Kenny Golladay, Kadarius Toney and an old promise are killing Giants

The second-highest-paid receiving corps in the NFL needs a lot of help.

If Giants owner John Mara spoke candidly to the media today, he would likely say the same thing that he said on Jan. 6, 2021: “There’s no question that we need to help our offense going forward and add some more pieces.” Put even more specifically at that time by then-general manager Dave Gettleman while riding the relative “high” of a 6-10 finish, “We need to find playmakers. That’s all there is to it. I’m not sugarcoating it.”

Fast forward 629 days from the accurate self-scout and the Giants’ two most-trusted receivers through three games are a former seventh-round draft pick signed off the scrap heap (Richie James) and an undrafted three-year practice-squad survivor ( David Sills) who was overlooked within the organization back then. The only receiver in the same ballpark as James (126) and Sills (139) in snaps played was Sterling Shepard (165), who was also in-house when upgrades were promised and now is out for the season with a devastating knee injury.

The receiver depth chart reads like an inverted pyramid with the least resources invested in the heavy lifters. James is earning $1.065 million and Sills just $825,000 for a team spending more than $200 million of cap space. It could actually be said that those two are overproducing based on their career resumes.

Giants wide receiver Kenny Golladay drops a pass in the fourth quarter against the Cowboys on Sept. 26, 2022.
Bill Costrown

So, why do the Giants have the seventh-fewest completions and fourth-fewest passing yards entering Week 4?

The movement to add playmakers resulted in signing Kenny Golladay to a four-year, $72 million contract and using a first-round draft pick on Kadarius Toney. They have combined for four catches for 22 yards this season. Neither has found the end zone in the 20 games since they arrived, with 11 combined games missed.

Pick which of those stats is more unfathomable. You can’t be wrong.

Rookie second-round pick Wan’Dale Robinson hasn’t played since injuring his knee in the first quarter of the season opener. Darius Slayton, a two-time team leader in receiving yards, emerged from the bottom of the depth chart Monday and Daniel Jones’ former favorite target showed all chemistry with the quarterback is gone. After playing six combined snaps in Week 2, Slayton and Golladay combined for 38 in the 23-16 loss to the Dallas Cowboys. The results were the same both weeks: Zero catches.

Kadarius Toney, who did not play Monday, seen here at Giants practice on Sept.  16, 2022.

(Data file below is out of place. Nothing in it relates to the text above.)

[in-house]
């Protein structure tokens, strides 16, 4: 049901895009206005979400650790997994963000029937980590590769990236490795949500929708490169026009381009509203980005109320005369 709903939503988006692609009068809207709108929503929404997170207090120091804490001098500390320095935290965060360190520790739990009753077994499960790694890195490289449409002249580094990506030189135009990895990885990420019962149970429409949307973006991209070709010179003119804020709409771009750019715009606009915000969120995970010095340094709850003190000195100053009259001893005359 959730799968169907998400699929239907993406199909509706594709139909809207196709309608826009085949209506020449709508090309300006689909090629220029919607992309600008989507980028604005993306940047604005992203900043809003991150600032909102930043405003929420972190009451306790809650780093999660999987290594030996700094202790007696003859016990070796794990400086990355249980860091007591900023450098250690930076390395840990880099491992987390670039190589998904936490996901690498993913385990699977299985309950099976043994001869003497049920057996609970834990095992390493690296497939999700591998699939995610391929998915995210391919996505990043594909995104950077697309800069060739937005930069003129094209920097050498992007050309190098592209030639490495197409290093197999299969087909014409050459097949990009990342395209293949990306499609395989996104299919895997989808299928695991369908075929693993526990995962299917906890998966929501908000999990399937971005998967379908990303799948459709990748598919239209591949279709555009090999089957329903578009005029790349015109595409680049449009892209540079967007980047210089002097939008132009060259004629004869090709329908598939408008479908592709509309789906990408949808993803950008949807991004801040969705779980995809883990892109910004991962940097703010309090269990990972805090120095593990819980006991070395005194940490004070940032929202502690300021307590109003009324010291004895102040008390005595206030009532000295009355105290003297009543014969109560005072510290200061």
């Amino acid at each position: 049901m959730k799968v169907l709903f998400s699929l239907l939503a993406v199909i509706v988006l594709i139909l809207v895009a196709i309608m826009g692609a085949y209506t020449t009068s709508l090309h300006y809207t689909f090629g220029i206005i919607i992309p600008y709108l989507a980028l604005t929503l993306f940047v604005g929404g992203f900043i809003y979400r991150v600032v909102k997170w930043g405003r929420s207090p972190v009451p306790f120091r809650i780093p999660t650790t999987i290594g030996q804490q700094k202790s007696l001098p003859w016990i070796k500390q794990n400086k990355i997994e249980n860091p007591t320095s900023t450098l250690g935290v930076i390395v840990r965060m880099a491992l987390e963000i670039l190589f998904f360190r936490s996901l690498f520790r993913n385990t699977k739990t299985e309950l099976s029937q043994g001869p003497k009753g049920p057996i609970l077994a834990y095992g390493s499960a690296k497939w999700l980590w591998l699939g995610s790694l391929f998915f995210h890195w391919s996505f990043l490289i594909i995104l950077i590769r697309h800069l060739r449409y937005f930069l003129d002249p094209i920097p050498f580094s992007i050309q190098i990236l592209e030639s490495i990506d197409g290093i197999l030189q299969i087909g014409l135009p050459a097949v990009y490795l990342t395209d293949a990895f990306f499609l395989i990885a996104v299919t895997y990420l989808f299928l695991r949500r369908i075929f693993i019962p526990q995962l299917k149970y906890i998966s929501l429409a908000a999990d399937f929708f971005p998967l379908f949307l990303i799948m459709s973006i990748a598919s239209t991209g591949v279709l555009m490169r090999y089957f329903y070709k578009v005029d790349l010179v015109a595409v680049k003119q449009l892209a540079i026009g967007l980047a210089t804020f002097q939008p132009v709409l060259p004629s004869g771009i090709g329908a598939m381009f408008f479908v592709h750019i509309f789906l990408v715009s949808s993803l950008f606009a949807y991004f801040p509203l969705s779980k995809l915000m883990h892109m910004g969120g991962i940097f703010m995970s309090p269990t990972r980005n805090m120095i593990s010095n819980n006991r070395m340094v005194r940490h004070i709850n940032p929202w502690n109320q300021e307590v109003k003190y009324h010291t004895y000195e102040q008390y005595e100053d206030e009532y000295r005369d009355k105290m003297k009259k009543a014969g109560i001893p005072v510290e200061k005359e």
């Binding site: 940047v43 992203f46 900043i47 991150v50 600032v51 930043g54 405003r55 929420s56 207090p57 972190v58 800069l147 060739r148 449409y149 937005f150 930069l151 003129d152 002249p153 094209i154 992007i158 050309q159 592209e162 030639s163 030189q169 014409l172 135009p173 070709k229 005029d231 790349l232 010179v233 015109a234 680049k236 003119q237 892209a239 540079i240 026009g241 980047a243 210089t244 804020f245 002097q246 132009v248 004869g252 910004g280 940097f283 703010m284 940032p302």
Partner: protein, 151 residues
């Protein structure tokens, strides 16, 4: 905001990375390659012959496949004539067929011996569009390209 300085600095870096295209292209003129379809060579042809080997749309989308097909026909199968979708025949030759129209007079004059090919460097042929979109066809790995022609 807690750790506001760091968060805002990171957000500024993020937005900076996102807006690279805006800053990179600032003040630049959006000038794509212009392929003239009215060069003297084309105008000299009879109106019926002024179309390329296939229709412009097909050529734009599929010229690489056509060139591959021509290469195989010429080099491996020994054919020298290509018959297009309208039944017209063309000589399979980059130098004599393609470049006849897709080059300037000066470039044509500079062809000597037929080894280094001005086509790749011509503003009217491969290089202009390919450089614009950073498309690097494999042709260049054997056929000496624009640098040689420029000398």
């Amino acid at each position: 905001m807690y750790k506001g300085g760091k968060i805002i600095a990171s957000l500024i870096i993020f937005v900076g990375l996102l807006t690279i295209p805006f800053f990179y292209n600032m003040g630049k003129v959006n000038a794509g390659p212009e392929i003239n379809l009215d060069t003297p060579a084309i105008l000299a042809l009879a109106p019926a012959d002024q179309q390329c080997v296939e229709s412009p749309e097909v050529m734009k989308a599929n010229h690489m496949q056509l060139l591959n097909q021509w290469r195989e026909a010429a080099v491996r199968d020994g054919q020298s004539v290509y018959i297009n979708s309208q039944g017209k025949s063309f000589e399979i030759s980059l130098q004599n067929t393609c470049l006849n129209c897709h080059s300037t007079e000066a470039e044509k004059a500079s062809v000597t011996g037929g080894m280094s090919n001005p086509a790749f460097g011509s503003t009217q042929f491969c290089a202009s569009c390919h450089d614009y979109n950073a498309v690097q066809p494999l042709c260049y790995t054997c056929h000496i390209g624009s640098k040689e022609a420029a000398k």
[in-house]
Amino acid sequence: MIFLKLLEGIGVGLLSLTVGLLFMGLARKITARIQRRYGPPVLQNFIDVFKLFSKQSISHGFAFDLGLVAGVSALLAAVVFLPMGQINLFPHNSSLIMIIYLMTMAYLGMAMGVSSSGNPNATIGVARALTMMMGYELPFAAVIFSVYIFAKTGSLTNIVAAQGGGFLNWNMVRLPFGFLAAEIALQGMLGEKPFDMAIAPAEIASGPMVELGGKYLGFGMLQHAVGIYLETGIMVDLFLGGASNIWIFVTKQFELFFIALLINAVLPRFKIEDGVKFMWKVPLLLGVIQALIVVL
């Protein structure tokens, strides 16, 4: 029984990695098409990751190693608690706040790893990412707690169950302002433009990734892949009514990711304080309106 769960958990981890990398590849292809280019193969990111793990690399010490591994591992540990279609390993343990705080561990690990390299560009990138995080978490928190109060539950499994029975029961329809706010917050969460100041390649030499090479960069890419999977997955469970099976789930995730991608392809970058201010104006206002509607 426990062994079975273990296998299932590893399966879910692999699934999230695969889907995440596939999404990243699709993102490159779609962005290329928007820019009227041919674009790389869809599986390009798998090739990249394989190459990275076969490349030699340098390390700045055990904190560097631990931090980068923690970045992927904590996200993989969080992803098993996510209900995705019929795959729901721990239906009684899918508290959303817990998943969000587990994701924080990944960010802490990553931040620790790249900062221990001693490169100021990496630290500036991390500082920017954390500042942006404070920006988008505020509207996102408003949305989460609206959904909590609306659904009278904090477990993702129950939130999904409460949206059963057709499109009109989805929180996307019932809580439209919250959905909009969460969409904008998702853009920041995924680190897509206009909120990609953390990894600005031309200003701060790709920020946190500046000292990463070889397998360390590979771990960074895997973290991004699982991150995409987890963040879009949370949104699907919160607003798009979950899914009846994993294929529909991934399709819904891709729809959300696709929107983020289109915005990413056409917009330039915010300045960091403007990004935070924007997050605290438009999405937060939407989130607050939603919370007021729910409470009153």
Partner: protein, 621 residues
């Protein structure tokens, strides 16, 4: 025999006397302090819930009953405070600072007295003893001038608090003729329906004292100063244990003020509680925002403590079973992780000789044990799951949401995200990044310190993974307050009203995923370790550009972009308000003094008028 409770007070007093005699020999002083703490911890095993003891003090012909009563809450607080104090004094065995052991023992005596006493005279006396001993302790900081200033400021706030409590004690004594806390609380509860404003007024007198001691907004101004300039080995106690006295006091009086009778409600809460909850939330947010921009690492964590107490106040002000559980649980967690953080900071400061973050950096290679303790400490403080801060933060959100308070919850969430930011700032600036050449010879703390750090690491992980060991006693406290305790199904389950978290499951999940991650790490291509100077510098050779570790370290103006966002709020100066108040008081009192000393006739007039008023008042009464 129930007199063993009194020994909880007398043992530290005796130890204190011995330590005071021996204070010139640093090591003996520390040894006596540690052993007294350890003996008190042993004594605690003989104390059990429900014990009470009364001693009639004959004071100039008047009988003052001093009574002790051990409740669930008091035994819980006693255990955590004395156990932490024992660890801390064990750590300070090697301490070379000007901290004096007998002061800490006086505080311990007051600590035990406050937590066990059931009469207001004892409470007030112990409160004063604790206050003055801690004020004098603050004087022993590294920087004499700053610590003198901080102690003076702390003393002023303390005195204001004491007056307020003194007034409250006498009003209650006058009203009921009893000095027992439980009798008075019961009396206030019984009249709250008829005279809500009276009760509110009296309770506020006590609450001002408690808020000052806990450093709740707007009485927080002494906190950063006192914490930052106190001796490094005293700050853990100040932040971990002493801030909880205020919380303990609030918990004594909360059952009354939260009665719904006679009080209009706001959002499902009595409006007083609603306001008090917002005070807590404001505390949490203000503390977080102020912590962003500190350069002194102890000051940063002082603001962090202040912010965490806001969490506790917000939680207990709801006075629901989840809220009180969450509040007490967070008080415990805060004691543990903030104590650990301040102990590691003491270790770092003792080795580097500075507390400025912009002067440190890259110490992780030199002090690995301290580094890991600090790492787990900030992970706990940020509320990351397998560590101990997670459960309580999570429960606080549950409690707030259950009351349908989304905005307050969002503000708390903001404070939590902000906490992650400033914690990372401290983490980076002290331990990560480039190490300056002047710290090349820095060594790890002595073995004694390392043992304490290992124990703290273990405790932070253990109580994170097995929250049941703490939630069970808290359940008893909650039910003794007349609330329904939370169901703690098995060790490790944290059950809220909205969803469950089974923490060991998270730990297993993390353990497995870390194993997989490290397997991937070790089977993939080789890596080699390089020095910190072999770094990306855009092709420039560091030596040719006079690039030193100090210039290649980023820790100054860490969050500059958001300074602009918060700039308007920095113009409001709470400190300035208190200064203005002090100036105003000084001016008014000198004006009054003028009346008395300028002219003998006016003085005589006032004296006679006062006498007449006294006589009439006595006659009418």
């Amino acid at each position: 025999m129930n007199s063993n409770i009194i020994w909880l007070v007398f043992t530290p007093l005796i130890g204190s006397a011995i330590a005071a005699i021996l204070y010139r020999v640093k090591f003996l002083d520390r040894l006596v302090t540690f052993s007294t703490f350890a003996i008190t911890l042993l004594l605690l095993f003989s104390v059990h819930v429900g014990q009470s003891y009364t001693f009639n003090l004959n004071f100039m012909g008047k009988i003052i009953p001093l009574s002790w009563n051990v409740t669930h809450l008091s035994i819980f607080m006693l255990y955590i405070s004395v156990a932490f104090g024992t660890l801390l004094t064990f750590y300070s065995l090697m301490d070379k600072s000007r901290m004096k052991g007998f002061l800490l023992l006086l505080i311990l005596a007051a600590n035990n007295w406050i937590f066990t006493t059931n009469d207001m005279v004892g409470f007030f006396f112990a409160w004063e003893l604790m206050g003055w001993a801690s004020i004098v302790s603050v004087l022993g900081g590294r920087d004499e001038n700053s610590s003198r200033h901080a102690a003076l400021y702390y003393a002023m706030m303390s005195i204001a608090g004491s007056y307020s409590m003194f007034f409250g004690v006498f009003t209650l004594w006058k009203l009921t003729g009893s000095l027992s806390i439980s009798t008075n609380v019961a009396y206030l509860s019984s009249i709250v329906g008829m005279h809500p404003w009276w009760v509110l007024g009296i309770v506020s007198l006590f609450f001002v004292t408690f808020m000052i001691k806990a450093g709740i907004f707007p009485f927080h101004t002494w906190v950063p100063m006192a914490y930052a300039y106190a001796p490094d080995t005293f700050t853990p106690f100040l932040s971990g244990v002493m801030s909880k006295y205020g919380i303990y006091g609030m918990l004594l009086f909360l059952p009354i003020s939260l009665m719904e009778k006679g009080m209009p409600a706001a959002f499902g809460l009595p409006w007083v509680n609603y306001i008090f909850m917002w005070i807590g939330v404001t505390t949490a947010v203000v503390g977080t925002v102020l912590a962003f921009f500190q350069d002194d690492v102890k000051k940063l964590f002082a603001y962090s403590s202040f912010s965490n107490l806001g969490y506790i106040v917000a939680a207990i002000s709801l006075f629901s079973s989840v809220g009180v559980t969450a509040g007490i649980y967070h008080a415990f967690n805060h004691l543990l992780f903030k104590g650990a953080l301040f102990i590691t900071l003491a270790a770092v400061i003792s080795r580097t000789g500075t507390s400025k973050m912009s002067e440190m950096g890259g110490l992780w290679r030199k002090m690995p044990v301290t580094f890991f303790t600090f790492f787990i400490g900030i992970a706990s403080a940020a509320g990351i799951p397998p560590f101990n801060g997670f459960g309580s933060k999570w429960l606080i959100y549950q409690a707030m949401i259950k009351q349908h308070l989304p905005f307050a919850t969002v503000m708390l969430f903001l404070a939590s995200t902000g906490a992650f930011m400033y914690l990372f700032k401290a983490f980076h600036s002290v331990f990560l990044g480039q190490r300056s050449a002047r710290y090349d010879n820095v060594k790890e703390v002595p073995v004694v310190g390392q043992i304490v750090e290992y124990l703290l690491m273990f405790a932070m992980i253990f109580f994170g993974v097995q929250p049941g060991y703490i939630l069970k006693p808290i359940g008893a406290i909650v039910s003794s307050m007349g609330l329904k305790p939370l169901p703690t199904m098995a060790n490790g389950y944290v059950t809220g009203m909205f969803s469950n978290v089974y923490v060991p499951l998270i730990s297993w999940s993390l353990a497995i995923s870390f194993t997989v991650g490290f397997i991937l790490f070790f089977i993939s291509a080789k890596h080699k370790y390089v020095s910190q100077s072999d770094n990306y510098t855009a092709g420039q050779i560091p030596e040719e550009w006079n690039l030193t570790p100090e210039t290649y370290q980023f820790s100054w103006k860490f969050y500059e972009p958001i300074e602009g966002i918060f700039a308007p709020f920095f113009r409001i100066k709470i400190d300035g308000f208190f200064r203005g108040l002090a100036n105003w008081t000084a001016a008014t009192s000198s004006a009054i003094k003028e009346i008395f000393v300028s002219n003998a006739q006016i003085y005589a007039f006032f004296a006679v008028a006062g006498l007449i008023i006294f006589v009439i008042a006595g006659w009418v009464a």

Kadarius Toney, who did not play Monday, seen here at Giants practice on Sept. 16, 2022.
Charles Wenzelberg / New York Post

“A good secondary Dallas has,” the relentlessly optimistic Jones said after running for his life from a career-high 22 pressures. “[The receivers] played well and we’ll look at how we can do things a little differently. It’s my job to find them and give them the ball.”

The Giants are allocating $34.9 million in cap space (only the Chargers at $36.4 million spend more) to receivers – and that total is smaller than it would’ve been because Shepard and Slayton both accepted substantial pay cuts in the last six months. And yet they are with the Packers, Lions and Bears as the only NFC teams not starting either an eight-figure contract or a homegrown first- or second-round draft pick among their top receivers.

No surprise then that the Giants were “the most persistent” team in trying to sign free agent Cole Beasley but with offers that were at or near the league minimum salary for his experience level, according to Pro Football Talk, before he landed with the Buccaneers . And that coach Brian Daboll has been Facetiming with free-agent receivers, according to Pro Football Network.

Giants receiver Richie James gets tackled by the Cowboys' Kelvin Joseph on Sept.  26, 2022.
Giants receiver Richie James gets tackled by the Cowboys’ Kelvin Joseph on Sept. 26, 2022.
Getty Images

The Giants might even be willing to pay a large chunk of Golladay’s $13 million salary this season just to trade him for a late-round draft pick and get out of next year’s $4.5 million guaranteed, according to an NFL Network report. But that sounds more like wishful thinking to drum up a trade market than reality given Golladay’s lack of production and injury risk.

“I’m not worried about that right now,” Golladay said when asked about a trade possibility. “I just got done with the game.”

Need more wishful thinking? Finding any affordable free agents with a higher ceiling than Toney and Robinson. The improvement of that position is directly tied to those two draft picks avoiding the injury bug that has been a five-year challenge for every Giants receiver including Odell Beckham Jr., Dwayne Harris, Shepard, Cody Latimer, Bennie Fowler, Golden Tate, Slayton , Golladay and more.

The one solution popular among fans that makes zero sense for player nor team is re-signing Beckham, who will command a much higher salary and possibly a multi-year deal than the minimum and incentive-laden one-year prove-it deals favored by the Giants once he is fully recovered from a torn ACL.

Beckham functions better in a winning environment and the Giants are at the ground level of a rebuild. He comes with a long injury history of his own. And he butts heads with quarterbacks at a time when Jones’ job is on the line and a rookie could be on the way in who might be affected by catering to Beckham’s ego.

For now, the Giants are reliant on a group whose notable contributions to the loss included an offensive pass interference penalty to negate a big gain and falling on a route that led to an interception. The hunt for “more pieces” and explosive “playmakers” will have to wait another couple hundred days.


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